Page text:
This article is an adaptation of an earlier one I delivered on the Cameroon National Radio Station (CRTV) on the 17th of February 2003, as a spontaneous reaction to the then President George Walker Bush`s unstoppable determination to go to war in Iraq. The paper was one of the daily political commentaries I delivered on the 6.30 a.m. prime time national and world news on CRTV between 2002 and 2005.

By all accounts, the split among members of the Security Council ought to be taken seriously. Key members such as France, Germany and Russia have distanced themselves from America by advocating for the weapons inspectors to be given more time. Although the United States and Britain continue to gun for a second Security Council resolution to be brought to bear on Iraq, the danger is that since some permanent members of the council are opposed to war against Iraq, at least not just yet, it is enough for them to slam a veto on the resolution for it to fail. If that was done, the wind would be taken out of George Bush’s sail and his thunder, stolen storm.

As if in conformity with the adage that it never rains but it pours, the knife has been further twisted on America and its British allies by the thousands of demonstrators who turned out in numerous world capitals to say ‘no to war against Iraq`. Large numbers of demonstrators also took to the streets in America, which means that even in George Bush’s own backyard, there are dissenting voices. Although partisans of the pro-war camp have argued that those who demonstrated were in the minority, it is also true that the number of people that demonstrated were the largest in recent times. But the problem is that  if one considers the arsenal America has built up in readiness for this war against Iraq, one cannot help imagining how immense George Brush’ disappointment would be if there was after all no war and he had to recall the troops. Politically, it would be suicidal, with him being seen as having capitulated and thus handed Saddam Hussein another victory on a platter of gold. That is why the next few weeks, perhaps days, are crucial for the American President.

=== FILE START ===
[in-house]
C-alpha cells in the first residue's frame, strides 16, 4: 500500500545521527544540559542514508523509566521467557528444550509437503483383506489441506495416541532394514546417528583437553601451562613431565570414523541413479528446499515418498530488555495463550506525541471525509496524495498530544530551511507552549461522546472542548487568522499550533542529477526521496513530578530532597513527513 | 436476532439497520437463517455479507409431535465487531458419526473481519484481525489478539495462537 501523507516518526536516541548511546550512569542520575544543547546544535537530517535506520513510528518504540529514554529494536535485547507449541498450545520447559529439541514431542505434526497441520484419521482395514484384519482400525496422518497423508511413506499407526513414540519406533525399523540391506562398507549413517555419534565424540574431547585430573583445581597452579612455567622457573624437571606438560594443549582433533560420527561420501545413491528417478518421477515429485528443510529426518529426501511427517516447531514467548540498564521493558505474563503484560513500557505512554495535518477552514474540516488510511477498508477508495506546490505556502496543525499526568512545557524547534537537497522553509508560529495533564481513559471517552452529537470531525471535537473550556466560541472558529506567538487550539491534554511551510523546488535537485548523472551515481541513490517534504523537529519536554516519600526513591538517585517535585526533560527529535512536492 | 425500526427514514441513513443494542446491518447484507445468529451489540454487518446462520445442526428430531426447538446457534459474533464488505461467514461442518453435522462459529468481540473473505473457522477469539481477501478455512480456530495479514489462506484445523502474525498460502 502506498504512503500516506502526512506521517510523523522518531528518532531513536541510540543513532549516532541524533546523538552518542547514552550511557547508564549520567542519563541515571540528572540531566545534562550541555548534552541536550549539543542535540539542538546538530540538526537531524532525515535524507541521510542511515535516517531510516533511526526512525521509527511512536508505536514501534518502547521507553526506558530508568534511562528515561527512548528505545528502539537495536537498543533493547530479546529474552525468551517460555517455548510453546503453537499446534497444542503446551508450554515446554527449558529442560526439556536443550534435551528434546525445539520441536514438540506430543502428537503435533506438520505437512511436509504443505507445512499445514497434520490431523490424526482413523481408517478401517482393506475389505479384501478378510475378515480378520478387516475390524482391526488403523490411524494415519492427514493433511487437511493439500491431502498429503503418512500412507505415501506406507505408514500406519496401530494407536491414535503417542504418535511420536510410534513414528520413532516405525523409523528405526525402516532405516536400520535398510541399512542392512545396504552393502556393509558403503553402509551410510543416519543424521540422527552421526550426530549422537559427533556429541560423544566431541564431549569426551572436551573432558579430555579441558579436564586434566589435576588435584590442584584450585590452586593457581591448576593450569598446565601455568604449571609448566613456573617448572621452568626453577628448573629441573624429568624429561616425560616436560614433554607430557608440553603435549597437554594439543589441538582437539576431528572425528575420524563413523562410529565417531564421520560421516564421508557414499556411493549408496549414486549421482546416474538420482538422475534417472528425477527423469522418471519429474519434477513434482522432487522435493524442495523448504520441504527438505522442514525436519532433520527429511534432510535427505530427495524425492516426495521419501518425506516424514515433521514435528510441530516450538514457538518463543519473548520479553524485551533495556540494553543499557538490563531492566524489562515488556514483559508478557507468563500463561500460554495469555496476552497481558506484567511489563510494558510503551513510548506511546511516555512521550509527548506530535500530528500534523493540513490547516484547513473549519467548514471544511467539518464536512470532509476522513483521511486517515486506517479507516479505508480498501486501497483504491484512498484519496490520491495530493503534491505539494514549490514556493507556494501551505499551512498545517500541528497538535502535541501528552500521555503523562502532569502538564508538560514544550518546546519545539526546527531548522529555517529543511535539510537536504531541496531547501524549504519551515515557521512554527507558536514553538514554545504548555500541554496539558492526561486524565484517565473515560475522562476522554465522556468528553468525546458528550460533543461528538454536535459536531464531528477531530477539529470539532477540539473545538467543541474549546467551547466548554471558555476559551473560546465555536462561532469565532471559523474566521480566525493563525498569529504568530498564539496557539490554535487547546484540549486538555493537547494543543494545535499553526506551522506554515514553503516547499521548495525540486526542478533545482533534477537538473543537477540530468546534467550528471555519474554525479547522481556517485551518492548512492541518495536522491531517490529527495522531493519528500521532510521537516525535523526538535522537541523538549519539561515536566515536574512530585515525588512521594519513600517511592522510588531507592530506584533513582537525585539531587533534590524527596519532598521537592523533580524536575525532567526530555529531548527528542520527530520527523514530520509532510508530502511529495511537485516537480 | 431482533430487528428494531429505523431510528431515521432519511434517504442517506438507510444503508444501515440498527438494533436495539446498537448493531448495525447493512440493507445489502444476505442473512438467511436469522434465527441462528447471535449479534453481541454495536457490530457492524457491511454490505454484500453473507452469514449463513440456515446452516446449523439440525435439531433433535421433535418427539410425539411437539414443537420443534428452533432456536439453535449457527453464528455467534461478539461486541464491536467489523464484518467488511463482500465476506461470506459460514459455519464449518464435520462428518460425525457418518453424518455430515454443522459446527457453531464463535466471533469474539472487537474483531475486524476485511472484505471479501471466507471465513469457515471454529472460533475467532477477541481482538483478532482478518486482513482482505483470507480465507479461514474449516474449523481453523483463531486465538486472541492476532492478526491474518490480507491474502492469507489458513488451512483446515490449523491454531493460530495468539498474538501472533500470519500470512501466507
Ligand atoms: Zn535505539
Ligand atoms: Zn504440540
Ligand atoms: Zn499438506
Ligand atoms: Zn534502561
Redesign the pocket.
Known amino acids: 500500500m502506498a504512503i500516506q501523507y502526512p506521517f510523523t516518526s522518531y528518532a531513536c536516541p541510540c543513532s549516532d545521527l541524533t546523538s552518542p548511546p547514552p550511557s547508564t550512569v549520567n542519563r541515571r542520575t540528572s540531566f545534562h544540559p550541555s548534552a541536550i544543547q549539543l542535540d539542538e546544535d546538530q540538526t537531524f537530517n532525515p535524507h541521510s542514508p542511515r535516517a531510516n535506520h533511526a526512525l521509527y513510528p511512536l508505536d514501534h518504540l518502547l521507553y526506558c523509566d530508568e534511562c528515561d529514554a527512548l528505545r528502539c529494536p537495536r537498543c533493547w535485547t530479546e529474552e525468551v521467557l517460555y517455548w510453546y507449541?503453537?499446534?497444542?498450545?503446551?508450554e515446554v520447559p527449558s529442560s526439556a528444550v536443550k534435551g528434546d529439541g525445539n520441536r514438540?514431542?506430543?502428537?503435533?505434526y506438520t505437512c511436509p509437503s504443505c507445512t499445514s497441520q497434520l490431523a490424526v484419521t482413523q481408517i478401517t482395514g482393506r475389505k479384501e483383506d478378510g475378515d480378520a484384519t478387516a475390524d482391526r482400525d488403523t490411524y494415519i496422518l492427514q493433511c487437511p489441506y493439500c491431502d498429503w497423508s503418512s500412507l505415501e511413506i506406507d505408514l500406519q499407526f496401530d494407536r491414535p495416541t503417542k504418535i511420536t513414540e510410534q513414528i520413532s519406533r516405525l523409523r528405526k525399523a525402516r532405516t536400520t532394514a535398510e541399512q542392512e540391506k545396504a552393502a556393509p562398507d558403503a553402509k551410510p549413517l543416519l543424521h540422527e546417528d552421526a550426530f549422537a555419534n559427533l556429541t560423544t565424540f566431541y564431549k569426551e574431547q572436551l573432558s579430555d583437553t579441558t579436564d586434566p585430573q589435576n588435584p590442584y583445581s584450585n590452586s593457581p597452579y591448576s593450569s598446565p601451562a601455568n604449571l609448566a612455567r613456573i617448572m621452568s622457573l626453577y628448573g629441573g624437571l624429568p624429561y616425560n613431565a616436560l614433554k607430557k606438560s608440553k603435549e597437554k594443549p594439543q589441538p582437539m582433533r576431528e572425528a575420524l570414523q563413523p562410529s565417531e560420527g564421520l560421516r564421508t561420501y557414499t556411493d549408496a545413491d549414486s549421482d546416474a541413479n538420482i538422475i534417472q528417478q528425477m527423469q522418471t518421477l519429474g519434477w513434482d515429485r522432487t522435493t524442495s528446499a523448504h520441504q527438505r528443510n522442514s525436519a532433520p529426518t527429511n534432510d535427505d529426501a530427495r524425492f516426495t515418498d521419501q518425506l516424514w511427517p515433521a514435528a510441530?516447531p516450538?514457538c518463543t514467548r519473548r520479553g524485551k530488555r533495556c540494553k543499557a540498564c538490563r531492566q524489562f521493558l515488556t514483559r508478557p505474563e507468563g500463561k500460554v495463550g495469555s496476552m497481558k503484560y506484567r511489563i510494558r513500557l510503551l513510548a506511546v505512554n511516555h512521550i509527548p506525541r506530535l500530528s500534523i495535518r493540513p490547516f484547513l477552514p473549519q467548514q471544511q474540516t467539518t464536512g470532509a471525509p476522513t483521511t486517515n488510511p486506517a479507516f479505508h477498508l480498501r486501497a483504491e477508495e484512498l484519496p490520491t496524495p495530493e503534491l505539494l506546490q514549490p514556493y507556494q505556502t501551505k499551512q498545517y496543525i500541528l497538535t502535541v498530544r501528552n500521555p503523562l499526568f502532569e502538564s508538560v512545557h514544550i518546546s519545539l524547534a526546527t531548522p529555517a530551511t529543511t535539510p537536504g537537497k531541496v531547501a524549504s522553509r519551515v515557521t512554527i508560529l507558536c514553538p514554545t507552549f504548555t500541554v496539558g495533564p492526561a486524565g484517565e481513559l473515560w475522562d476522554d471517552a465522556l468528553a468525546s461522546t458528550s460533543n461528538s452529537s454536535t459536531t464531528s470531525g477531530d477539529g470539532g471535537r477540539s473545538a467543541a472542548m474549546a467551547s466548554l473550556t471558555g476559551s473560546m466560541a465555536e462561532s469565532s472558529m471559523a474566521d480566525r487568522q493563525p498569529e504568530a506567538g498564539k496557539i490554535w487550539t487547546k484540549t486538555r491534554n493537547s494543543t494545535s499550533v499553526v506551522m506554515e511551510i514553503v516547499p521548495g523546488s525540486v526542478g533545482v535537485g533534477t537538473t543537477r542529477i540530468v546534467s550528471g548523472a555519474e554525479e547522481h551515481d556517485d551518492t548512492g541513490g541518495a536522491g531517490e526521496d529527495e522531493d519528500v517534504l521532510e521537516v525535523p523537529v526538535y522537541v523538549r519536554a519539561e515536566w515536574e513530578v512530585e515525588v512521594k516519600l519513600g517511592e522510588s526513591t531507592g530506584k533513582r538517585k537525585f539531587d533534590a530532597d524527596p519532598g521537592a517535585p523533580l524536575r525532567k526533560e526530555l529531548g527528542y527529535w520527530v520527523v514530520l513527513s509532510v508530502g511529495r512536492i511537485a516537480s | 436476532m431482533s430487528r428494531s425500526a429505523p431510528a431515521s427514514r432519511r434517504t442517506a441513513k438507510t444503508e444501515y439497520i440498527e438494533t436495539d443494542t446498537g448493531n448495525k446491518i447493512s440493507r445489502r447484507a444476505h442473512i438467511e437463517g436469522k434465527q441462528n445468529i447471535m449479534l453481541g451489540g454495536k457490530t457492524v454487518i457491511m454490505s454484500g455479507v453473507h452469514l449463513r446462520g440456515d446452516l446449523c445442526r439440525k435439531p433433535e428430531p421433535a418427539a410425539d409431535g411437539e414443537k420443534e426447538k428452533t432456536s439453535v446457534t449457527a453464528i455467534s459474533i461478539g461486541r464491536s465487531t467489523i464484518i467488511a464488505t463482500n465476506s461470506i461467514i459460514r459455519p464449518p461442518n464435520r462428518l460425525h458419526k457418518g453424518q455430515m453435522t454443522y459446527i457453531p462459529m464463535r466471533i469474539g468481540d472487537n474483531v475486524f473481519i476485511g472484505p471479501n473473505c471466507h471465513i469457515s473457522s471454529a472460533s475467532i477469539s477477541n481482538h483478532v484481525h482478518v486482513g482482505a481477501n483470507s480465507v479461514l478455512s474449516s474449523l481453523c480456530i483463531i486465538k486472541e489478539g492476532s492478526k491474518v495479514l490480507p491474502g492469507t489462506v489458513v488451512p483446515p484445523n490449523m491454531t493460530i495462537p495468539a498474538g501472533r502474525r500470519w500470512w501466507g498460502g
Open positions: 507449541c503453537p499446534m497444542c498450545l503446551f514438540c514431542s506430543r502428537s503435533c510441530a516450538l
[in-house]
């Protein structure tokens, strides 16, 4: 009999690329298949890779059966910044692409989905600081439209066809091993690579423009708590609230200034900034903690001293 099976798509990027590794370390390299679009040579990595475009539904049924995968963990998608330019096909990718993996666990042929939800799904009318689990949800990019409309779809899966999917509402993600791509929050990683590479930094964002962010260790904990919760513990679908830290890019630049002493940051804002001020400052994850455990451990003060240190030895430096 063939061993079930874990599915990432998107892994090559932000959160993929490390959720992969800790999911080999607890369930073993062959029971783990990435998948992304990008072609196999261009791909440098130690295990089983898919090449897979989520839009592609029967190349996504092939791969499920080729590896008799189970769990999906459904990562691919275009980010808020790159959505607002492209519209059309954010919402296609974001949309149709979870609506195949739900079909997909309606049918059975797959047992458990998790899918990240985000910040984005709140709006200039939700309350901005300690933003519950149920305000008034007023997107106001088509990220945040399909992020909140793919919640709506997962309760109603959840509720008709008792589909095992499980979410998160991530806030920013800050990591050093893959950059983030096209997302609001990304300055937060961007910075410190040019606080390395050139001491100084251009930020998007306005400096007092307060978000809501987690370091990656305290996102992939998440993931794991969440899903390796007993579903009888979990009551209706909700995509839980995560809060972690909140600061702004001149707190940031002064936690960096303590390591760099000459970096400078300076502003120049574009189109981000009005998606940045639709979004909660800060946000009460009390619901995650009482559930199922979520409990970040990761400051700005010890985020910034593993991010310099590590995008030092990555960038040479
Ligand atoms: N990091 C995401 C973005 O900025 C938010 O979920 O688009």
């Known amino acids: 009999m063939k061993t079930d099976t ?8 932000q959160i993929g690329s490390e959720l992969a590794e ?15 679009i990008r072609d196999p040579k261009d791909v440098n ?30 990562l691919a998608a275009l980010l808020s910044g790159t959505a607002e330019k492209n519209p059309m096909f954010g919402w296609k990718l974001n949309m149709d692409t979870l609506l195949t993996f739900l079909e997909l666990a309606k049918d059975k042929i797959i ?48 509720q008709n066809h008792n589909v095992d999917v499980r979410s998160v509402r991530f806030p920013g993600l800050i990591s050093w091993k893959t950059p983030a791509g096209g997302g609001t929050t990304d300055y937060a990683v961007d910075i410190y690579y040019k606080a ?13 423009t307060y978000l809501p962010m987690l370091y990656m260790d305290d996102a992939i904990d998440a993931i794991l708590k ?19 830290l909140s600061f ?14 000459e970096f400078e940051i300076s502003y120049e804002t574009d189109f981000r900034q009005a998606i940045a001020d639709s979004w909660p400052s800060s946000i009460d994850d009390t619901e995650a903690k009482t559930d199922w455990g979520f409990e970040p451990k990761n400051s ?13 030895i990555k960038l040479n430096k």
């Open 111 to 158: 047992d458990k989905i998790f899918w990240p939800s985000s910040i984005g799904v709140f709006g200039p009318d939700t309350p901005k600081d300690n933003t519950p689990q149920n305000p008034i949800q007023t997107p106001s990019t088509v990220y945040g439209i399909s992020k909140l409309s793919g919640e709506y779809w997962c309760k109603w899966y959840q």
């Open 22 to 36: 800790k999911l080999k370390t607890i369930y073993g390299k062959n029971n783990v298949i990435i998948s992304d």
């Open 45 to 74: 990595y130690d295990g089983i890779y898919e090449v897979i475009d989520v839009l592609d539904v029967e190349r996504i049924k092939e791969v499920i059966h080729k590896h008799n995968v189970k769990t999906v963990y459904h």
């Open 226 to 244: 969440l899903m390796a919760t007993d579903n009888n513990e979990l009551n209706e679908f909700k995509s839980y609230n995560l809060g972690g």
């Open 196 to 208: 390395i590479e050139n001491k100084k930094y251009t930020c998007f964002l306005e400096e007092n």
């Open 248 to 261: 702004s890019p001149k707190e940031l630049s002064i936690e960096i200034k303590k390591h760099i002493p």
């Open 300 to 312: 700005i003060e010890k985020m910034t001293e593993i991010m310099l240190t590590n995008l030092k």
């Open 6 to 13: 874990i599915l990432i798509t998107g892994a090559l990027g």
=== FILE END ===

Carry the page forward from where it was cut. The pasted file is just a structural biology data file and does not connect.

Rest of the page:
If Bush feels he is now between a rock and a hard place, as Americans love to put, then he should also remember that he brought it upon himself by boasting that America would force Saddam Hussein to disarm, with or without the United Nations. By so doing, he sought to resort to bully boy tactics. That statement was both over the top and below the belt because it implied America could by-pass the United Nations. It is therefore not surprising that former South African President Nelson Mandela ha lampooned President Bush on the subject. Undoubtedly, Iraq is a big test for George Bush. Already Ossama Ben Ladin has slipped through his fingers and North Korea is taunting him. The world is watching to see what will be his next move.



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